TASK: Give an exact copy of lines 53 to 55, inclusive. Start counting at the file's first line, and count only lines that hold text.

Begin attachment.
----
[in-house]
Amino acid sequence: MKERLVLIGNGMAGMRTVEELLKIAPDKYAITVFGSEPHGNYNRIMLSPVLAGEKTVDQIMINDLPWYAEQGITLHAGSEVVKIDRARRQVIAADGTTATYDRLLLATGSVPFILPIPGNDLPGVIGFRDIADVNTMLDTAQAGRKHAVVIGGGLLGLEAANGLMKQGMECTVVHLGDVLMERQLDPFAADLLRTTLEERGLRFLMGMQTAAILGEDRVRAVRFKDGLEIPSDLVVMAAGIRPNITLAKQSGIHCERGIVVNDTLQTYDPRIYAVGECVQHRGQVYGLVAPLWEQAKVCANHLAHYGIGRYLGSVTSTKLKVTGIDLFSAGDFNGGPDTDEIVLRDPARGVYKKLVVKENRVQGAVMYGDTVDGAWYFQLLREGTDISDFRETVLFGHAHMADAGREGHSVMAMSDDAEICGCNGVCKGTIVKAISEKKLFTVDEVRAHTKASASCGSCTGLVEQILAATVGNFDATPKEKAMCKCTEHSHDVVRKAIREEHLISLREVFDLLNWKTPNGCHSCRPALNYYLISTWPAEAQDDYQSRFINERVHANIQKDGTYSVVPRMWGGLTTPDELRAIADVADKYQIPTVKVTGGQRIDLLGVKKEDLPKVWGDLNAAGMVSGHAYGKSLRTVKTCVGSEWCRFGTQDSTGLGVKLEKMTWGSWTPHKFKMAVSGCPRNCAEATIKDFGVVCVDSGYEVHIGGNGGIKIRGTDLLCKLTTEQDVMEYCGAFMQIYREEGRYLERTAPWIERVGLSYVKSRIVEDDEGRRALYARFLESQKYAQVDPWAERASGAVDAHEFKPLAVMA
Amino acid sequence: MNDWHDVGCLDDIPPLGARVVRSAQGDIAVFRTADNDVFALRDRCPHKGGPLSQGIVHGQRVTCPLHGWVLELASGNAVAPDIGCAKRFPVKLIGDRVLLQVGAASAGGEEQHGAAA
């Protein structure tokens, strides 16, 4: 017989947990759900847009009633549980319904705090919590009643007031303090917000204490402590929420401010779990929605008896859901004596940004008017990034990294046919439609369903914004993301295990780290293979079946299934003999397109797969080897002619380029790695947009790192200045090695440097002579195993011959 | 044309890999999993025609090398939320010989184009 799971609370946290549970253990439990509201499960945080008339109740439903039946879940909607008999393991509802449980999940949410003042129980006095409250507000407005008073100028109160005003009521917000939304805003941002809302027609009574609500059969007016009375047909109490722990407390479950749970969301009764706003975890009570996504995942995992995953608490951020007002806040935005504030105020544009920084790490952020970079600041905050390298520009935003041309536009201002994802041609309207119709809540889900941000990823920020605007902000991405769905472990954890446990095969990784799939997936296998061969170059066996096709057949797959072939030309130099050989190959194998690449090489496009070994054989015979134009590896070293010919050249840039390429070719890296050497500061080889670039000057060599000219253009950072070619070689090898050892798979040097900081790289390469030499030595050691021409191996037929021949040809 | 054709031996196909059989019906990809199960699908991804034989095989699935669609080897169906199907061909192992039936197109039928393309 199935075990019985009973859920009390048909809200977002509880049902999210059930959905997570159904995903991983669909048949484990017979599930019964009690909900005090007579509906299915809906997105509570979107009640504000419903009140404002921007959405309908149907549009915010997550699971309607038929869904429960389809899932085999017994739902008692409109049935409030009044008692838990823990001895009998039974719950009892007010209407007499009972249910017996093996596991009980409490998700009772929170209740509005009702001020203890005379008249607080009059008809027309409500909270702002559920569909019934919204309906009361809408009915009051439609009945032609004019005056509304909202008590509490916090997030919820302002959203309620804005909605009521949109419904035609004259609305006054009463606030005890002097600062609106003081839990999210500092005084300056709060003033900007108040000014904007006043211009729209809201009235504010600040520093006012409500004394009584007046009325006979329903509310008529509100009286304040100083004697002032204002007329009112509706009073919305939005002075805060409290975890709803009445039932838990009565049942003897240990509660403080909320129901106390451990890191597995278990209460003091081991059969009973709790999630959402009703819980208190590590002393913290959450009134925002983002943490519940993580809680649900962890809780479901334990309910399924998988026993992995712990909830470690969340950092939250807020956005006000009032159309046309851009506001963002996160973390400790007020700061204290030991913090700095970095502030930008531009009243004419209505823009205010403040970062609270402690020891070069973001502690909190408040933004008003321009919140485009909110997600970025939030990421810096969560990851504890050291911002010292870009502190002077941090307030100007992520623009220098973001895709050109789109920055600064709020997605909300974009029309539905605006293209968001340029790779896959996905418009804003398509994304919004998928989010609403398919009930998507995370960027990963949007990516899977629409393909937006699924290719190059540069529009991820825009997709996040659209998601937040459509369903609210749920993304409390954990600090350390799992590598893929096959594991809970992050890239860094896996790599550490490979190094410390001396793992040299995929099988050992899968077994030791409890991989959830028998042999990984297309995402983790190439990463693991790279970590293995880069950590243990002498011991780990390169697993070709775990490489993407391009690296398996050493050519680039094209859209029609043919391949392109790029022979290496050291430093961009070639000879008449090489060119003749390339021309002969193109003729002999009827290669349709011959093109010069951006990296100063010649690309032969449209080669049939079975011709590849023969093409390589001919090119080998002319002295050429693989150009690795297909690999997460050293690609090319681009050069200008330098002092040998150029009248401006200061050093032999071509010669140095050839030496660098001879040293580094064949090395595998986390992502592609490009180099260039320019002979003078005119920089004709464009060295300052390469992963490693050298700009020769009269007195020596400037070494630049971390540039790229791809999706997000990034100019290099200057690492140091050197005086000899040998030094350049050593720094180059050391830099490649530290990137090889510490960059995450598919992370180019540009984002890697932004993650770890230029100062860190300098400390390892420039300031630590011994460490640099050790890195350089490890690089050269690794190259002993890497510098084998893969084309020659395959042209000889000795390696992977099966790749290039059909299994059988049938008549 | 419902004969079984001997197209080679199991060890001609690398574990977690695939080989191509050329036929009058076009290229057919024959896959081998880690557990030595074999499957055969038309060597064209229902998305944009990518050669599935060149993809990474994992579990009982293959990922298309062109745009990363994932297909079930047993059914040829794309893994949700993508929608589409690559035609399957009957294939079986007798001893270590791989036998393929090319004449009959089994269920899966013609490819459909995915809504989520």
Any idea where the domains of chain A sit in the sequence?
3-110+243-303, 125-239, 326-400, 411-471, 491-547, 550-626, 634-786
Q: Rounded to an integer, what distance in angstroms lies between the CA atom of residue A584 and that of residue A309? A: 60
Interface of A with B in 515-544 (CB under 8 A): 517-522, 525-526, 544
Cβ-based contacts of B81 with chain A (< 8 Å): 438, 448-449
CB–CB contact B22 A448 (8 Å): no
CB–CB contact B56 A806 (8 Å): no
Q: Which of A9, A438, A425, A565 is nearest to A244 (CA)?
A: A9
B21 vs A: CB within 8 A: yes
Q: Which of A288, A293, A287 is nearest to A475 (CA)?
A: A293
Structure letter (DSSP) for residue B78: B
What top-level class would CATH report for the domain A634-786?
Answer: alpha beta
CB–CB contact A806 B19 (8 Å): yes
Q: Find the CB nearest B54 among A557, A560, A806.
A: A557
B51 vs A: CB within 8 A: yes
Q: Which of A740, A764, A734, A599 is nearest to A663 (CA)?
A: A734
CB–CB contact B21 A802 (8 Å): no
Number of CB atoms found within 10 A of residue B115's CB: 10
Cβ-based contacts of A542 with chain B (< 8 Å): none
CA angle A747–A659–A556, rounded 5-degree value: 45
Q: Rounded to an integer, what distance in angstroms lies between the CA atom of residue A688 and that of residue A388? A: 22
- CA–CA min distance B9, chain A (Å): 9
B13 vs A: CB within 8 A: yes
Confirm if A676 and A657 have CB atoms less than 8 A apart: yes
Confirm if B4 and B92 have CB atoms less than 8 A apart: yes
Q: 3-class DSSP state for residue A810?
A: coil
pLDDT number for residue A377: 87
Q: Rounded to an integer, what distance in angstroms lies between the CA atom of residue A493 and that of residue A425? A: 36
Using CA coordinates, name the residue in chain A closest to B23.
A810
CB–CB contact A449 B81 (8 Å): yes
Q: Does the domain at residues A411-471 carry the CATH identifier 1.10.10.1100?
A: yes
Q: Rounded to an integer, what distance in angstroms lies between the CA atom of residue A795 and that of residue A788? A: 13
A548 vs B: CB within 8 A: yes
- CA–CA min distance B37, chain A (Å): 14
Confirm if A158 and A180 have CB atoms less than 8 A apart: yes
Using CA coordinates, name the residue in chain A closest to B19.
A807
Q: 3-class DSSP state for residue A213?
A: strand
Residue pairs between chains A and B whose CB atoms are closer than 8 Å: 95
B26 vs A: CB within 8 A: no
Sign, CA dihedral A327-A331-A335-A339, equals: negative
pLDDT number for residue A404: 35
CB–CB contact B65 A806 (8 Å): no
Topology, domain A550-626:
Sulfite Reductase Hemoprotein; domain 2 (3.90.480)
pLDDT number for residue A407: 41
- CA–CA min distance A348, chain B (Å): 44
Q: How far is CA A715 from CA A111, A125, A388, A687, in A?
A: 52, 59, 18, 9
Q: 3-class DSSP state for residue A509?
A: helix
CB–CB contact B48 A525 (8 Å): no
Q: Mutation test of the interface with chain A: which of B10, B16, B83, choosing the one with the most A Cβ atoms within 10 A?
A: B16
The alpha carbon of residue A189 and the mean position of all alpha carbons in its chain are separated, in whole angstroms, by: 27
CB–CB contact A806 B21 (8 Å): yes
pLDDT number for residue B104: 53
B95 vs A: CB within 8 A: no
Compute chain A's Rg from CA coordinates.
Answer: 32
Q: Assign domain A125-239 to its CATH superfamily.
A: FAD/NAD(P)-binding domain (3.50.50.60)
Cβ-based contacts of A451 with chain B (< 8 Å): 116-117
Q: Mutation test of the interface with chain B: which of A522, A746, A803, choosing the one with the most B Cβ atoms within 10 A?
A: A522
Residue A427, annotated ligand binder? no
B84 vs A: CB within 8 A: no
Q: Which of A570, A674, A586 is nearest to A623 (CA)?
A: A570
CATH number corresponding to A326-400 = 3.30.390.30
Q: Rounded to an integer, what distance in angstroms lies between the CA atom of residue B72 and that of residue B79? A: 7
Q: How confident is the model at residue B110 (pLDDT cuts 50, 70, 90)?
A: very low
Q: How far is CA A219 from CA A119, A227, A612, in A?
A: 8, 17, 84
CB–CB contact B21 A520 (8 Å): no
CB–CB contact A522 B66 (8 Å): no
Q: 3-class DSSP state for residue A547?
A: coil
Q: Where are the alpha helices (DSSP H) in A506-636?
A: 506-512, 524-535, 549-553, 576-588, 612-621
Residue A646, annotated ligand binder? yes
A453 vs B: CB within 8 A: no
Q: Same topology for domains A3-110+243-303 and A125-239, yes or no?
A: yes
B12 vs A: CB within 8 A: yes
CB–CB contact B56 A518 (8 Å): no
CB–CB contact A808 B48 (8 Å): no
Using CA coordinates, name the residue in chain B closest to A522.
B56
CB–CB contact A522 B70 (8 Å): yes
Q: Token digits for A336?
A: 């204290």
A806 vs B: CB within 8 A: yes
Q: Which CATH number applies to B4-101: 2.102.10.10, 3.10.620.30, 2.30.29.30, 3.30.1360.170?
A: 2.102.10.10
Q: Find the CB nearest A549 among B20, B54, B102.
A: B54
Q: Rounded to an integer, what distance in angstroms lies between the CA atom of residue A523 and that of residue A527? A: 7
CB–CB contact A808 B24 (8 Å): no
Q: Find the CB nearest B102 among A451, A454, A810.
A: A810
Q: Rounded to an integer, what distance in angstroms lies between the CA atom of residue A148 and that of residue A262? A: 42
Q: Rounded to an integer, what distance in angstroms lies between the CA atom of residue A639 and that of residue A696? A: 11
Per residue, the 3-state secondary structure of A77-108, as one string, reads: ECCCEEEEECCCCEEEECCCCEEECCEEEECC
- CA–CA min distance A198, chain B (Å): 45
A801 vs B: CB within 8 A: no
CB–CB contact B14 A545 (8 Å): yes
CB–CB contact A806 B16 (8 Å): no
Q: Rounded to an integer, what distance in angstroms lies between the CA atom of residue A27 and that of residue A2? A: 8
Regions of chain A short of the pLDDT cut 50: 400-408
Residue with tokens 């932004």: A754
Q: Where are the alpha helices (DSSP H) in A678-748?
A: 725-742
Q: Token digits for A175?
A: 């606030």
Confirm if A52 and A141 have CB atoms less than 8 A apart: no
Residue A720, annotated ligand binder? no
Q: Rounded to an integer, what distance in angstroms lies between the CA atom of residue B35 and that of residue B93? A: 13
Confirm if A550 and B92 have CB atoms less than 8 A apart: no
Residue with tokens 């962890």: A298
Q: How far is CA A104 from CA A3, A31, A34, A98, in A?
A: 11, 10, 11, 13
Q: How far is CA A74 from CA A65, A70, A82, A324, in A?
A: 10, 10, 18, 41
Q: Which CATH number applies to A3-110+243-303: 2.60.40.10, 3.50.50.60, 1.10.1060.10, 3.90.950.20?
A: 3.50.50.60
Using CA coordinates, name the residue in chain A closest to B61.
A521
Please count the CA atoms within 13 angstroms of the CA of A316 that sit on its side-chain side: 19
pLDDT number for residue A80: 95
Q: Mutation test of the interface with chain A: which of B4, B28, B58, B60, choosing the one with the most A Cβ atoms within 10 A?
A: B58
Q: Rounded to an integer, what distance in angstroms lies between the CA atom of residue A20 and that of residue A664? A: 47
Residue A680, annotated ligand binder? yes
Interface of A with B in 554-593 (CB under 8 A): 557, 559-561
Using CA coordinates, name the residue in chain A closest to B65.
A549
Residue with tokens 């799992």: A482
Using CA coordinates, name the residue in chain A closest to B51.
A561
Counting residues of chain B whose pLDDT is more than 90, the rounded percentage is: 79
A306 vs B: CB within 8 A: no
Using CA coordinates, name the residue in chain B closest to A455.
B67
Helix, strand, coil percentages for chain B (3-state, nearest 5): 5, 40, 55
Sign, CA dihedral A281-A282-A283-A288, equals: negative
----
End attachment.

B26 vs A: CB within 8 A: no
Sign, CA dihedral A327-A331-A335-A339, equals: negative
pLDDT number for residue A404: 35